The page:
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Imperial Authority and Dissent
The Roman Empire in AD 235-238


Series:  
Authors:  Haegemans K.
cover


Year: 2010
ISBN: 978-90-429-2151-1
Pages: LXIV-276 p.
Price: 70 EURO


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Summary:
When Severus Alexander came to a brutal end in the spring of AD 235, his successor Maximinus certainly did not meet with the approval of all his subjects. Nil novi sub sole... After all, which Roman emperor was universally loved and admired? Yet few emperors received as bad a press as Maximinus and no other legitimate emperor was as bluntly dismissed by the senate.
In AD 238, a revolt that had been slumbering since Maximinus’ accession flared up. African landowners chose the old proconsul of Africa Proconsularis, M. Antonius Gordianus, to lead their cause. The senate in Rome was quick to support the counter-emperor and played an important role in the ensuing events.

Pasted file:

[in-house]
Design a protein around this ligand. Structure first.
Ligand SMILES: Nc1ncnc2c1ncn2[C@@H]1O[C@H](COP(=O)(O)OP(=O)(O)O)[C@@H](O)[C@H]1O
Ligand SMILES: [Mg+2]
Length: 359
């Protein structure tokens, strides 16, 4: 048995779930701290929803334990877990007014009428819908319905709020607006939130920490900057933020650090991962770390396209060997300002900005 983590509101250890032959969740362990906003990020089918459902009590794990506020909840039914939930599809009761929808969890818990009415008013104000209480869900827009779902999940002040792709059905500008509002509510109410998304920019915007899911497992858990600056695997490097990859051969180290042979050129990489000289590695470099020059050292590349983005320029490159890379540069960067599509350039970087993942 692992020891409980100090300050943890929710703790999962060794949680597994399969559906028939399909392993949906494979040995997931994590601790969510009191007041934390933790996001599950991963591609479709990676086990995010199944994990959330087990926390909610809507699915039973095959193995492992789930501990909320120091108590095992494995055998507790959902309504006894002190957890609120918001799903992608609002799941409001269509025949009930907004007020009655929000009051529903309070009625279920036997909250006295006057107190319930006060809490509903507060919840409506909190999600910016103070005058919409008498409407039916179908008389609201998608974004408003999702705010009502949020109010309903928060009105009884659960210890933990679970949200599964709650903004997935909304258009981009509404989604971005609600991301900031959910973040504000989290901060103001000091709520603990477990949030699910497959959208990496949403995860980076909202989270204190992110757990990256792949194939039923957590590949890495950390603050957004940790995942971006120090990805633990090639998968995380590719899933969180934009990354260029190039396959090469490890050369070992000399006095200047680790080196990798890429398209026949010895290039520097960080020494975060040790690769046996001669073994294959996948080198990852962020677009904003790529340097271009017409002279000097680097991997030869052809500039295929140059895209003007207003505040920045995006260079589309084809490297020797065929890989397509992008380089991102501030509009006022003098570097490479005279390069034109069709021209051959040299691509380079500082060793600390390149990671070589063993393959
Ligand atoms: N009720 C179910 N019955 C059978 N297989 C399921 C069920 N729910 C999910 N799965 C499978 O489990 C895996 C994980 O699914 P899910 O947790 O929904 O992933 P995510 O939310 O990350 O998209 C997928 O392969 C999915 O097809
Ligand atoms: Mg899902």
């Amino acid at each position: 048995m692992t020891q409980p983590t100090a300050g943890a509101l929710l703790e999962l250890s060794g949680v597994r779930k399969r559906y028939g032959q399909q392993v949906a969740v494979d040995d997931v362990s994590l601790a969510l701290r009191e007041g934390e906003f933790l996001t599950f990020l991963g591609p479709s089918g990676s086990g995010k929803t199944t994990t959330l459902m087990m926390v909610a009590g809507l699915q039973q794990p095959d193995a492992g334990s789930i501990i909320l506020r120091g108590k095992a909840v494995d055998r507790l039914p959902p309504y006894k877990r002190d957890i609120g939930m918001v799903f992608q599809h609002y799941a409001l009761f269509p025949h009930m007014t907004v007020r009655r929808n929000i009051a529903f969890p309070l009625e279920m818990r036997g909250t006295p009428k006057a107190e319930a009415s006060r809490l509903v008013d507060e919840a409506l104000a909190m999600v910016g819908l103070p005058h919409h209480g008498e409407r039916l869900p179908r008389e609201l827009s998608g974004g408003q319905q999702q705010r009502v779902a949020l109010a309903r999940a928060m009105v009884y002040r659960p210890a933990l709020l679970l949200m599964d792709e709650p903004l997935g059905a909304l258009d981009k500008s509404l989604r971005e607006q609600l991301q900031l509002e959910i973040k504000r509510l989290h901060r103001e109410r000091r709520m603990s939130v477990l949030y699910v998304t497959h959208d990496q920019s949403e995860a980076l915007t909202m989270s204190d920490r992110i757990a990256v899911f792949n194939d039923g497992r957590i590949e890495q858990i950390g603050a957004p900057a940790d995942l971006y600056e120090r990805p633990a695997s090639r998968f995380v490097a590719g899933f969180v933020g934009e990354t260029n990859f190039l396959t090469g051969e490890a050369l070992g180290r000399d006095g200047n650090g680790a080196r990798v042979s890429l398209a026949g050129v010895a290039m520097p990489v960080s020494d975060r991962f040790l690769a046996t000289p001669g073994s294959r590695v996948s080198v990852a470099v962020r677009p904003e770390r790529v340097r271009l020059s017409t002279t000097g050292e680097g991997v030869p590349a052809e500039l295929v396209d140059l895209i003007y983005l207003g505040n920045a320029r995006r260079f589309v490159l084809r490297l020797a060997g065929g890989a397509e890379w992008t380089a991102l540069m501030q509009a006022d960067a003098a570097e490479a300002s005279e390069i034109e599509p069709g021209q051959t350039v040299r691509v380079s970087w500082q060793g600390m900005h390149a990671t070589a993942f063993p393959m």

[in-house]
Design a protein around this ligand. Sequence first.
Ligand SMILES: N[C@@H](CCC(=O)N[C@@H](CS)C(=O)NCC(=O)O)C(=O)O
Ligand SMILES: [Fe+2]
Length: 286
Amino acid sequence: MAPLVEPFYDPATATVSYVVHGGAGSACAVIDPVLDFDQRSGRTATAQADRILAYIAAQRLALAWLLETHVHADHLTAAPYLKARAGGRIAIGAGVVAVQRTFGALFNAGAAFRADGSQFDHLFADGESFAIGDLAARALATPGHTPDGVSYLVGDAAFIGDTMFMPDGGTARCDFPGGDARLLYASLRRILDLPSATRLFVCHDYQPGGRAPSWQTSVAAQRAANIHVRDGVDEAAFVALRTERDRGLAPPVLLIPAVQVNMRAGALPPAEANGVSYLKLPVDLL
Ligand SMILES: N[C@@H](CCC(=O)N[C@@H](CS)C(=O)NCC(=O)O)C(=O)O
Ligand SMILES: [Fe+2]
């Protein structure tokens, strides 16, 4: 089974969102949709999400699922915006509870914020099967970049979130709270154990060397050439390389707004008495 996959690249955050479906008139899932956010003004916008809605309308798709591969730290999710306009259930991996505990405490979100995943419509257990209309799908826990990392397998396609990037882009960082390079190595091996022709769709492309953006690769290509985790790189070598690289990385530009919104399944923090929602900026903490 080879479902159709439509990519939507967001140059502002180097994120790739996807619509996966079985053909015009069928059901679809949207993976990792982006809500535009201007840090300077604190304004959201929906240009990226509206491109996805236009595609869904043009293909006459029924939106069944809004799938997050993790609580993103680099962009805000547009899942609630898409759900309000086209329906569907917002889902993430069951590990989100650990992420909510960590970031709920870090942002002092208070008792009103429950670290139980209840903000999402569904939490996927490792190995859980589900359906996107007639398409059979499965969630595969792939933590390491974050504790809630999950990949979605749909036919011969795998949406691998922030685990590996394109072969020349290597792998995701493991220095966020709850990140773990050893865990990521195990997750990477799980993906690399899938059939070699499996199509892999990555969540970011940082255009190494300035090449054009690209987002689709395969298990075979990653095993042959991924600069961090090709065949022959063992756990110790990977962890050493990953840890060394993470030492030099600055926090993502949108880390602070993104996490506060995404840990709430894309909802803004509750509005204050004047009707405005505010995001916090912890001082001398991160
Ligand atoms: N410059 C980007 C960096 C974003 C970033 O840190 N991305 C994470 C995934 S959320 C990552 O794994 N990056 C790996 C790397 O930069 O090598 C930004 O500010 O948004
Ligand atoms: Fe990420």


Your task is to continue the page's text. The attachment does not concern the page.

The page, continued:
Many reasons for the uprising and the senate’s response can be found: tax pressure, confiscations and the corruption of state officials, ideological reasons, power politics, personal ambitions, personal networks ... These are not isolated tendencies, though. Society was gradually changing, with an increasing instability of imperial power, frontier wars, a growing military power, a growing social mobility, causing tensions between various social groups, and the imbalance between state income and expenditure, especially as a result of the growing cost of the army. All these factors contributed to the unstable situation of AD 238.


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